2. Catching Runtime Errors as They Happen
    3. Raising Exceptions with throw
    4. Logging Progress and Failure
    5. Debugging through a GUI
    6. Tracing Messages
    7. Watching Function Calls
  12. 10. Storing Structured Data
    1. From Tuples to Records
      1. Setting Up Records
      2. Creating and Reading Records
      3. Using Records in Functions and Modules
    2. Storing Records in Erlang Term Storage
      1. Creating and Populating a Table
      2. Simple Queries
      3. A Key Feature: Overwriting Values
      4. ETS Tables and Processes
      5. Next Steps
    3. Storing Records in Mnesia
      1. Starting up Mnesia
      2. Creating Tables
      3. Reading Data
      4. Query List Comprehensions
  13. 11. Getting Started with OTP
    1. Creating Services with gen_server
    2. A Simple Supervisor
    3. Packaging an Application
  14. 12. Next Steps Through Erlang
    1. Moving Beyond the Shell
    2. Distributed Computing
    3. Processing Binary Data
    4. Input and Output
    5. Testing, Analyzing, and Refactoring
    6. Networking and the Web
    7. Data Storage
    8. Extending Erlang
    9. Languages Built on Erlang
    10. Community
    11. Sharing the Gospel of Erlang
  15. A. An Erlang Parts Catalog
    1. Shell Commands
    2. Reserved Words
    3. Operators
    4. Guard Components
    5. Common Functions
    6. Strings and Formatting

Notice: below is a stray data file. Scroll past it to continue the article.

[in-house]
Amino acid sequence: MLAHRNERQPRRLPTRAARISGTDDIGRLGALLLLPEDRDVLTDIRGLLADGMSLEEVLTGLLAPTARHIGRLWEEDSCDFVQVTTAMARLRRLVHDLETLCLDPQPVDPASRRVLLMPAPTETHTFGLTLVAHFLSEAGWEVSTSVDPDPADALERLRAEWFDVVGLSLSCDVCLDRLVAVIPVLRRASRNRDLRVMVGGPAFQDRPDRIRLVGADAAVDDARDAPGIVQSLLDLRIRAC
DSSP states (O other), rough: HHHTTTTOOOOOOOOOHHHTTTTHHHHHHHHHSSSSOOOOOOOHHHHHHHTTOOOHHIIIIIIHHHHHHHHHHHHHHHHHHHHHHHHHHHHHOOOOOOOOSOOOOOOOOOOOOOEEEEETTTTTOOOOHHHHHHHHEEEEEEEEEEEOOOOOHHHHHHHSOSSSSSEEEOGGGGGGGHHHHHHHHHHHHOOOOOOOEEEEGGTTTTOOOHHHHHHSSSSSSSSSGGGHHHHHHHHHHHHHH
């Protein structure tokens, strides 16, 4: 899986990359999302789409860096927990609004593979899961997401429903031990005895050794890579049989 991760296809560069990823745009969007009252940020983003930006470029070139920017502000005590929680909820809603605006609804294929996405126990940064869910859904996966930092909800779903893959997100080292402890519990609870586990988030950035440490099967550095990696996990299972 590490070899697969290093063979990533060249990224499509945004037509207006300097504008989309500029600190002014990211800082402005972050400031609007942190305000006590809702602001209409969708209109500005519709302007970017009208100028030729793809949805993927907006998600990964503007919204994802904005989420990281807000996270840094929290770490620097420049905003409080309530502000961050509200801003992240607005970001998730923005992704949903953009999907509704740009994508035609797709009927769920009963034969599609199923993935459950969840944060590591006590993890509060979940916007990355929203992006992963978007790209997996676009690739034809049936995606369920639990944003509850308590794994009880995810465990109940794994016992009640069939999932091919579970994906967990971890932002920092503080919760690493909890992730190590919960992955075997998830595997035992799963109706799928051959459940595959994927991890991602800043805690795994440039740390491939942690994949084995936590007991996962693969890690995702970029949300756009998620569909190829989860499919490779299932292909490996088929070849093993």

7. Data Types for Documentation and Analysis
  16. B. OTP Templates
  17. Colophon
  18. Copyright

Chapter 2. Functions and Modules

Like most programming languages, Erlang lets you define functions to help you represent repeated calculations. While Erlang functions can become complicated, they start out reasonably simple.

Fun with fun

You can create functions in the Erlang shell using the appropriately named fun. For example, to create a function that calculates the velocity of a falling object based on the distance it drops in meters, you could create the following:

1> FallVelocity = fun(Distance) -> math:sqrt(2 * 9.8 * Distance) end.

You can read that as a pattern match that binds the variable FallVelocity to a function that takes an argument of Distance. The function returns (I like to read the -> as yields) the square root of 2 times a gravitational constant for Earth of 9.8 m/s, times Distance (in meters). Then the function comes to an end, and a period closes the statement.


If you want to include multiple statements in a fun, separate them with commas, like FallVelocity = fun(Distance) -> X = (2 * 9.8 * Distance), math:sqrt(X) end.

The return value in the shell, #Fun<erl_eval.6.111823515>, isn’t especially meaningful by itself, but it tells you that you’ve created a function and didn’t just get an error. If you want a slightly more detailed sign that Erlang understood you, you can use the b() shell command to see what it thinks:

2> b().
FallVelocity =
    fun(Distance) ->
           math:sqrt(2 * 9.8 * Distance)

Conveniently, binding the function to the ...